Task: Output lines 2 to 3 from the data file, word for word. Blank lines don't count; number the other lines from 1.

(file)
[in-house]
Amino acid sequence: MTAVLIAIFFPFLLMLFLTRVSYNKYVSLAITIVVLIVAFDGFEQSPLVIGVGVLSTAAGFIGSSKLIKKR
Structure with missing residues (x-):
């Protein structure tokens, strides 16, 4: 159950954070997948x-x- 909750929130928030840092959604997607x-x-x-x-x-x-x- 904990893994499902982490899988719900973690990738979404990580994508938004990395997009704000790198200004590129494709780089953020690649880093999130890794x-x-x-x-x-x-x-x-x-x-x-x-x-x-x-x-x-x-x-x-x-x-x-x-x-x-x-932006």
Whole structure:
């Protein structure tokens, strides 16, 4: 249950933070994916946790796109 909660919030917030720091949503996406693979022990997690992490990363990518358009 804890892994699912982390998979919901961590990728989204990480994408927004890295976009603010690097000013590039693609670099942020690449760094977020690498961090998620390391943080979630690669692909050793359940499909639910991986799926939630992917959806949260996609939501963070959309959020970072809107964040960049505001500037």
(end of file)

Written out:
Amino acid sequence: MTAVLIAIFFPFLLMLFLTRVSYNKYVSLAITIVVLIVAFDGFEQSPLVIGVGVLSTAAGFIGSSKLIKKR
Structure with missing residues (x-):